The basic premise of content strategy is in some ways so incontrovertible as to be hardly worth a fuss: content is hard work, and as with all work, you can always do it better. Coming as I do from the publishing world, making an argument for why content strategy is needed is akin to arguing that feeling the sun on your shoulders on a bright summer day is a good thing, or that beer is delicious, or that we should all step away from our desks and exercise more. It’s hard to resist a slight rolling of the eyes when saying such things, because by definition they go without saying.
But publishing, while far from dead, has not moved in one great big step from the world of ink and trees to that of pixels and tablets. Many small, sometimes halting, sometimes diverging paths are being followed, more or less simultaneously and with fascinating results. Digital publishing, it turns out, isn’t so much a second print run (as it seemed at first) as a whole other ecosystem, with a unique atmosphere, strange new rain patterns, and its own troubling signs of pollution and climate change. Diving into it means learning how to breathe all over again.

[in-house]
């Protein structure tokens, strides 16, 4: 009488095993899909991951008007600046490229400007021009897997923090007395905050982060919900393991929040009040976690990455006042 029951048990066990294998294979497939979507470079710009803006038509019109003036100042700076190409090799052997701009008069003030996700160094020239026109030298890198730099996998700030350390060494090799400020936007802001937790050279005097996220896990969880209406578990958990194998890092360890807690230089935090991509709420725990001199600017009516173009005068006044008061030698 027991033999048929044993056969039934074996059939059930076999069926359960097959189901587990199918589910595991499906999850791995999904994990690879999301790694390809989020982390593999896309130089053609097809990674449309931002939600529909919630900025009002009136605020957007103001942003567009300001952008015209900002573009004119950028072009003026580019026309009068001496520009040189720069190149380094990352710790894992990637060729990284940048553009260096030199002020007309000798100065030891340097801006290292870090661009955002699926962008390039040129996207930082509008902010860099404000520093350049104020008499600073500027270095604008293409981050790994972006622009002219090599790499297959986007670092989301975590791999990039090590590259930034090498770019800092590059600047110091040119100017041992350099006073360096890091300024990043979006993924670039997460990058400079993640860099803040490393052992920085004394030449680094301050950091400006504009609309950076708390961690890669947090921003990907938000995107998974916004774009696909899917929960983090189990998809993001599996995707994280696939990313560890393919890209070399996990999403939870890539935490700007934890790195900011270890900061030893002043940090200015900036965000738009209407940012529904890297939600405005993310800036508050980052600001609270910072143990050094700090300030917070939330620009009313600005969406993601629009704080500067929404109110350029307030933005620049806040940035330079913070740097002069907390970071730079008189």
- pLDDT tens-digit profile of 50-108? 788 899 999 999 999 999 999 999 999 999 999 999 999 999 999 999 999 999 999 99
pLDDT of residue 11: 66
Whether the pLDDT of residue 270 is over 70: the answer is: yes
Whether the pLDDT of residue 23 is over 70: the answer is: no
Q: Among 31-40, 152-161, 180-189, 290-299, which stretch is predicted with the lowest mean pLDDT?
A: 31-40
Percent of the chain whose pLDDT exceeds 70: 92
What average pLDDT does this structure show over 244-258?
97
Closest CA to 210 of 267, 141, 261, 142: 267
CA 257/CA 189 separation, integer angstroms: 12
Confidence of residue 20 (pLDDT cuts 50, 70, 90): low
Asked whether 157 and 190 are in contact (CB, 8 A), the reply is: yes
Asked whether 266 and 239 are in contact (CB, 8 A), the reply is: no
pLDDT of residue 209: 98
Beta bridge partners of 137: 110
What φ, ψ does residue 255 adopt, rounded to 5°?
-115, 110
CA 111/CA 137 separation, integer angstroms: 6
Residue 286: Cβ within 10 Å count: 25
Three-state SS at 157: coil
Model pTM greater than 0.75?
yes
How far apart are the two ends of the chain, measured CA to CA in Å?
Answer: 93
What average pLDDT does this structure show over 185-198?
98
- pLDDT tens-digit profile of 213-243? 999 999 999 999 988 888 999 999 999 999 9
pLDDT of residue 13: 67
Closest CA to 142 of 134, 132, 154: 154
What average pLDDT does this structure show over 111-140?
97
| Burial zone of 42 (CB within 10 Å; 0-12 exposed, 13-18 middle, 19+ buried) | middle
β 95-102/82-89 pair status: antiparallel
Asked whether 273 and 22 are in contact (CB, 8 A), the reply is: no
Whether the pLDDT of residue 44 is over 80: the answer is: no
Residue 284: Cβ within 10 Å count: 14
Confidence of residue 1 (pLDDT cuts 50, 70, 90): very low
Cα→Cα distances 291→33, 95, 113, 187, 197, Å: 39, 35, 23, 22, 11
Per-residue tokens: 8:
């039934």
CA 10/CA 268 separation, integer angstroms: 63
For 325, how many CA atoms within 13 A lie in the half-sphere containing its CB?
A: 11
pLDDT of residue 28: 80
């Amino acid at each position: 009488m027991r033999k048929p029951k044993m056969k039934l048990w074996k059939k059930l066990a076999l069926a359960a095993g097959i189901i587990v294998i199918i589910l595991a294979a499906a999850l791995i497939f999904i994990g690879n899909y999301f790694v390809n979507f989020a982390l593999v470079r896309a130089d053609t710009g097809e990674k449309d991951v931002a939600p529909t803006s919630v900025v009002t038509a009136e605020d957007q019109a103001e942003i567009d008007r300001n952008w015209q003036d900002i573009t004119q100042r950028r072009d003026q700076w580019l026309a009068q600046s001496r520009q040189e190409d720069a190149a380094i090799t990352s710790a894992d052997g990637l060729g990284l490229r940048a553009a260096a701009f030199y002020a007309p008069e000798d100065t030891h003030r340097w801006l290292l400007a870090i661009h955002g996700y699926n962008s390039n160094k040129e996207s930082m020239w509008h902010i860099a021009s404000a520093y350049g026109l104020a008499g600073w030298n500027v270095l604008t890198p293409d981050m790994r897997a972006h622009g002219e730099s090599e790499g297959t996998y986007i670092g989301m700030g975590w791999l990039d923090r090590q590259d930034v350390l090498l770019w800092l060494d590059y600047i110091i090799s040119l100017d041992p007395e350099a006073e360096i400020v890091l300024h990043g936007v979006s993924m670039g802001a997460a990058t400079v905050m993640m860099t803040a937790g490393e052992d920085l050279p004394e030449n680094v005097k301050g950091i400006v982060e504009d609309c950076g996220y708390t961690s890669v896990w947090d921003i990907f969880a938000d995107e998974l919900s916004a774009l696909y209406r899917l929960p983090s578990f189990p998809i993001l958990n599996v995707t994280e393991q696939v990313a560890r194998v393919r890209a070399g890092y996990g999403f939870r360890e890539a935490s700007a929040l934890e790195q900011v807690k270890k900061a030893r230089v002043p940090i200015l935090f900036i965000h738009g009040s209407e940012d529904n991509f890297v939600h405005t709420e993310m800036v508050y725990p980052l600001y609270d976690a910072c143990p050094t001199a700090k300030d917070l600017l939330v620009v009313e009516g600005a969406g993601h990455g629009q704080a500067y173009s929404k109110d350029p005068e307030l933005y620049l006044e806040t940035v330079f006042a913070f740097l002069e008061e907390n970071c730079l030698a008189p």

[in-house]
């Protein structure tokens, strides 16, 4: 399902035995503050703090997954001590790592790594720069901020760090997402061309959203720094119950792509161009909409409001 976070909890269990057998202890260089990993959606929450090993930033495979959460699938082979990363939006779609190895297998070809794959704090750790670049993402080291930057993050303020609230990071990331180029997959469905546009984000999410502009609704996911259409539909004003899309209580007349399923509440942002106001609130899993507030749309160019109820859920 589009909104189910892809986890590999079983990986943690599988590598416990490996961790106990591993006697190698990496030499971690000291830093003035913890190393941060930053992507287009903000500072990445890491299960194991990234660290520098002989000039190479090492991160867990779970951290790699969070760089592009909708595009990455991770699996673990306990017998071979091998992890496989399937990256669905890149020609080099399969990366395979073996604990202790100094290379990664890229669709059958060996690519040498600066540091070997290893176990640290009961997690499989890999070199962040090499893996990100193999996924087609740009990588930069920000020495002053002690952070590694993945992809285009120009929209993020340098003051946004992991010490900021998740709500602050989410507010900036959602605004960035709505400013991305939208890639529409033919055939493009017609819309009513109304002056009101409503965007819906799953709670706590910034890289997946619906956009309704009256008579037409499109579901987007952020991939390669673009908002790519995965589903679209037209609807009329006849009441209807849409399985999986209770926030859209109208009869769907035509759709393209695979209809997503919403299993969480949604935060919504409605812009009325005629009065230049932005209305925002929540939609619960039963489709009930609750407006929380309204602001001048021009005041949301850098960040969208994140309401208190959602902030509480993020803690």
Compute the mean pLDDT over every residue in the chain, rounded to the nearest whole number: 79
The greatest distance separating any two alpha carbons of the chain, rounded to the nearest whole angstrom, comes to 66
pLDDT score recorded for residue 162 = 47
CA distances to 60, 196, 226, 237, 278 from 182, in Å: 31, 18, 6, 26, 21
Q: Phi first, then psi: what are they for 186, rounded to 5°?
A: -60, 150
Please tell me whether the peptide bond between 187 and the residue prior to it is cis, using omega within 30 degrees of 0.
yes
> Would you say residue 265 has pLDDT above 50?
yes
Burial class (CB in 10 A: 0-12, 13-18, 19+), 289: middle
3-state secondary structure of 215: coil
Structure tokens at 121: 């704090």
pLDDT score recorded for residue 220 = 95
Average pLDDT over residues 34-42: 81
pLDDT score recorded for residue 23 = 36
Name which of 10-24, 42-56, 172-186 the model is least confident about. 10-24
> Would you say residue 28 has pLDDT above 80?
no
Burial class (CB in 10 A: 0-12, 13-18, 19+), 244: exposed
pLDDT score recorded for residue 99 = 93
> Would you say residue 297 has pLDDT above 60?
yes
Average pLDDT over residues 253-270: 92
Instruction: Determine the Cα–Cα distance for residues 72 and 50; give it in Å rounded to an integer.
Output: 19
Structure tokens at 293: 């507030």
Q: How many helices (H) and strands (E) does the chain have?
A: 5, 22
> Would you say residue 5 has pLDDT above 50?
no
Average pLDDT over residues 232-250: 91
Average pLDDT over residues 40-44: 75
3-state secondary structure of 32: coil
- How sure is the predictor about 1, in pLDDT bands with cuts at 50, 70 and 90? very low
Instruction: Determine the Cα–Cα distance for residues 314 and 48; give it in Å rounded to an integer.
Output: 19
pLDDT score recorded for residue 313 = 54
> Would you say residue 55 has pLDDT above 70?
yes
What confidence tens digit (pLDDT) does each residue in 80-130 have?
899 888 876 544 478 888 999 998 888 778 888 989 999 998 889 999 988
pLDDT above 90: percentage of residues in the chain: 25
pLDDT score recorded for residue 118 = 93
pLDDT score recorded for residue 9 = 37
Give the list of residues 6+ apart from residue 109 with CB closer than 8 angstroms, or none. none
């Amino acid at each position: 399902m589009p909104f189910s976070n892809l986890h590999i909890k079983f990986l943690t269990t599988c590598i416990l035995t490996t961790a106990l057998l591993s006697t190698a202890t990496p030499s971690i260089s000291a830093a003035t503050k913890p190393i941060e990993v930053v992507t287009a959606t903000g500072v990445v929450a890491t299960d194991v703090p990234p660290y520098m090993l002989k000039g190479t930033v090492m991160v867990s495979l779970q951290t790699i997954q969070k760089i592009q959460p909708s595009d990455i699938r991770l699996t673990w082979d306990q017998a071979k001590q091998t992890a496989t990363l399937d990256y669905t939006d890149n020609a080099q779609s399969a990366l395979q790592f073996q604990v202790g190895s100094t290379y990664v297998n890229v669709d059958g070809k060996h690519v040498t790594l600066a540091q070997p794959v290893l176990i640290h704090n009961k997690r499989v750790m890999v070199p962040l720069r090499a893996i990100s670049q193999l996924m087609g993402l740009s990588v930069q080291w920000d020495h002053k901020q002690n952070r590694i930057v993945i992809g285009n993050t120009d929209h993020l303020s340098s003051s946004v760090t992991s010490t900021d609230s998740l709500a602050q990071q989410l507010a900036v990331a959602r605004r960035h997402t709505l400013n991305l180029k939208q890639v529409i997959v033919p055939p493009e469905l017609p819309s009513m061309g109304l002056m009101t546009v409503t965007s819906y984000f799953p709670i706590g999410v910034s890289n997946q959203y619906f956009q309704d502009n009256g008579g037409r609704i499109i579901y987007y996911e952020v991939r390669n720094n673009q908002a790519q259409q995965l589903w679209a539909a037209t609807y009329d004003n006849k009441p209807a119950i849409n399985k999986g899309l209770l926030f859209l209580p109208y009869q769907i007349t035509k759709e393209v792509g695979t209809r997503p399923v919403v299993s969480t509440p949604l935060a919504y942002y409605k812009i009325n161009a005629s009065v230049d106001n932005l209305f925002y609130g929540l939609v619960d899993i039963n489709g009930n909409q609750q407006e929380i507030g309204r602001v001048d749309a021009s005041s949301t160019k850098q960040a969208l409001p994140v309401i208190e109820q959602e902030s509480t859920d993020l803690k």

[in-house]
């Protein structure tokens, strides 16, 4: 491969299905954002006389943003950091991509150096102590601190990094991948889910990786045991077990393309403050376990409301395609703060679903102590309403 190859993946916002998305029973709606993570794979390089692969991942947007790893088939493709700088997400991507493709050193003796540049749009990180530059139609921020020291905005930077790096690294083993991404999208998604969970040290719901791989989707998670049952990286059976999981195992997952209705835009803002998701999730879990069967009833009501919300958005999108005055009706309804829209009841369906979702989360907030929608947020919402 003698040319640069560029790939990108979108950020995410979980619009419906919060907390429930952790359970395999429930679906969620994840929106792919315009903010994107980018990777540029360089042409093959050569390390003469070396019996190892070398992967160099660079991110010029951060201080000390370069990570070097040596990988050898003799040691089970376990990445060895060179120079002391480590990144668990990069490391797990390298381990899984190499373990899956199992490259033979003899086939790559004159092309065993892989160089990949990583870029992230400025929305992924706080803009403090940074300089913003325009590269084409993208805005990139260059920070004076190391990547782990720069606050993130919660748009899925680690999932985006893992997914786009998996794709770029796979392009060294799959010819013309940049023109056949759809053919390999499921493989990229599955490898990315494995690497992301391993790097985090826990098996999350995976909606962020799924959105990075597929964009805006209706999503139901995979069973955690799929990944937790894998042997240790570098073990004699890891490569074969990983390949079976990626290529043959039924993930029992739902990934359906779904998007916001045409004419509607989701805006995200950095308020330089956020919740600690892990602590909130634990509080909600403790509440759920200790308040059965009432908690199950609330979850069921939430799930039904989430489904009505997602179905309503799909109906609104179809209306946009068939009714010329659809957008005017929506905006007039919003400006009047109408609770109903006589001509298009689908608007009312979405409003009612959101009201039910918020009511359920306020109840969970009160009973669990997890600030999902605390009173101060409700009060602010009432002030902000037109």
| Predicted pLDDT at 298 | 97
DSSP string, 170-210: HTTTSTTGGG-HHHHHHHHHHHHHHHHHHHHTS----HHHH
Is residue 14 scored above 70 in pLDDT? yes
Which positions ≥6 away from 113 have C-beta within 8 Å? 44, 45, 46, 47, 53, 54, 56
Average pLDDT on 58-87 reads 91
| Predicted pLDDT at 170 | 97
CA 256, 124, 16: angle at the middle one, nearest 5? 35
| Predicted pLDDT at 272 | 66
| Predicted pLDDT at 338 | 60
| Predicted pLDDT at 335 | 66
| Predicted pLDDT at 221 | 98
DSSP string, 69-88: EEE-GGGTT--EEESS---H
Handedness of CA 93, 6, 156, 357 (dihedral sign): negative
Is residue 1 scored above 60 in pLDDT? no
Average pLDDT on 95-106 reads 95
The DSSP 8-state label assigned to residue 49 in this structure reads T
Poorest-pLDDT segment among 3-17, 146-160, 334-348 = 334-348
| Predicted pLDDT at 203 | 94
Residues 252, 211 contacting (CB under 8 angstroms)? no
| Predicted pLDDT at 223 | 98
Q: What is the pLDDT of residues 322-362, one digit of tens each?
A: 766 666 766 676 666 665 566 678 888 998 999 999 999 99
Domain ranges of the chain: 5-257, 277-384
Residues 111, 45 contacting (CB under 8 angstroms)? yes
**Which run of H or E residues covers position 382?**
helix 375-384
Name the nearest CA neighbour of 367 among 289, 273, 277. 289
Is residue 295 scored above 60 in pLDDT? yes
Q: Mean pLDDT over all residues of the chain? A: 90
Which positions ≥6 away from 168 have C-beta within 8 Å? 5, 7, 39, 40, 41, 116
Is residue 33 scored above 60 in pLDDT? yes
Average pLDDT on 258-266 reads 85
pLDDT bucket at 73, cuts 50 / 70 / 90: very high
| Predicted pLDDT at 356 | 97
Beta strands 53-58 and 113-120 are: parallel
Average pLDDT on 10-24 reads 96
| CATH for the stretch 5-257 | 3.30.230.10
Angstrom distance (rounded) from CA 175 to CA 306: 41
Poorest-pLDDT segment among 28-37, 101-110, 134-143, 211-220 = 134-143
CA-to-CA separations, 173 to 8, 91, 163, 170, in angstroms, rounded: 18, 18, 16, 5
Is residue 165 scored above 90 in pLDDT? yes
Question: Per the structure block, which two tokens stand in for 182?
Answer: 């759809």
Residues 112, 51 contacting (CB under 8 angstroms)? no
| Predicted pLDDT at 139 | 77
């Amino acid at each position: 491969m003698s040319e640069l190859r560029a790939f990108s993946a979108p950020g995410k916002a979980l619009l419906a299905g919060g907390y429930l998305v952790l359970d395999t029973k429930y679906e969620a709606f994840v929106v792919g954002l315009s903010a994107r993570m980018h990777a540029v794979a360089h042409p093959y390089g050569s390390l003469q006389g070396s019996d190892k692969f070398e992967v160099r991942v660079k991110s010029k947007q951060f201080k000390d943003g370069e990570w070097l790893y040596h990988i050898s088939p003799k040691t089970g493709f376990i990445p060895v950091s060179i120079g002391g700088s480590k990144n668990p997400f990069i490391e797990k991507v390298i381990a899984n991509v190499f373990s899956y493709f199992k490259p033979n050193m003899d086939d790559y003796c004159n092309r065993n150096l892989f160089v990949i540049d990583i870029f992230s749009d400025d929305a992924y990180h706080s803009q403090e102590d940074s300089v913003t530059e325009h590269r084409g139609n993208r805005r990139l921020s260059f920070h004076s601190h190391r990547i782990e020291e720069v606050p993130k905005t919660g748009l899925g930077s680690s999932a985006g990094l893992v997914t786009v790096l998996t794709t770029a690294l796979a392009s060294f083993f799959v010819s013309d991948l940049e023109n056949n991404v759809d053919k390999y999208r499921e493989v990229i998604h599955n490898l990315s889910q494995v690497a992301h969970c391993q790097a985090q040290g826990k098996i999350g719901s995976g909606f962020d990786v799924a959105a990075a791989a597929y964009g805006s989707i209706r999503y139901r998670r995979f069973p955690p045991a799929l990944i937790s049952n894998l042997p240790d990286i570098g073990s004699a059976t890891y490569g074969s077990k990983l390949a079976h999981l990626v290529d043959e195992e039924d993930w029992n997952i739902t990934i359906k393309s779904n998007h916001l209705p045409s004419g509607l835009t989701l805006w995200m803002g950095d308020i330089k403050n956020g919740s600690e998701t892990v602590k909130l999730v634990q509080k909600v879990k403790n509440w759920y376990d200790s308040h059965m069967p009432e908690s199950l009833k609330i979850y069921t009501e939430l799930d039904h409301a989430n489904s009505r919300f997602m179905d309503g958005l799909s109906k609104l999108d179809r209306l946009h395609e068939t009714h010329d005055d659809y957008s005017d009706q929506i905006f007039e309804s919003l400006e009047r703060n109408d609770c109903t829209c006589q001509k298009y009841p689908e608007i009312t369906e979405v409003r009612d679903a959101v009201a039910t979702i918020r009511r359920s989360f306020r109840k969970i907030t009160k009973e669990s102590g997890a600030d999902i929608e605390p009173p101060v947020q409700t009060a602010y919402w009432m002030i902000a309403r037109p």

And so it turns out that the editorial process—the cornerstone of traditional publishing—is still relevant but no longer sufficient. It needs its cousins in marketing more than ever (and they are learning new tricks as well), it needs wayfinding several steps beyond the most complex bookstore signage, it needs governance in addition to distribution, and distribution has evolved into something more like attention, which it turns out is much more difficult than checking the levels of cyan as the pages come off press. It needs the both-new-and-old field of content strategy to bring the wealth of our experience from these disparate histories onto our desks (and before the deadline, please).
This is why the publication of our third book—The Elements of Content Strategy by Erin Kissane—is so fiercely satisfying. Not only is it an outstanding addition to our list—and, I believe, as relevant to those working inside the field of content strategy as those adjacent to it—but it addresses a topic near and dear to my heart, and it does so brilliantly and beautifully. Moreover, it evangelizes the shared value system that got most of us into the content world in the first place, and the sight of which can be hard to lose among the late nights and the coffee and that blinding blank page.
I’ve always loved the tradition of referring to a publisher as a house—a home, a place with a kitchen and a hearth, closets full of manuscripts, reading rooms, good company, and a well-stocked bar. The first three titles from A Book Apart display what we believe to be important about the web: clean, semantic markup; delightful, progressive designs; and smart, sustainable content. We have not yet exhausted these topics (nor, do I suspect, will we ever), but I do believe we have created a solid foundation on which to continue publishing on these, and related, themes. The walls are up; now let’s fill them.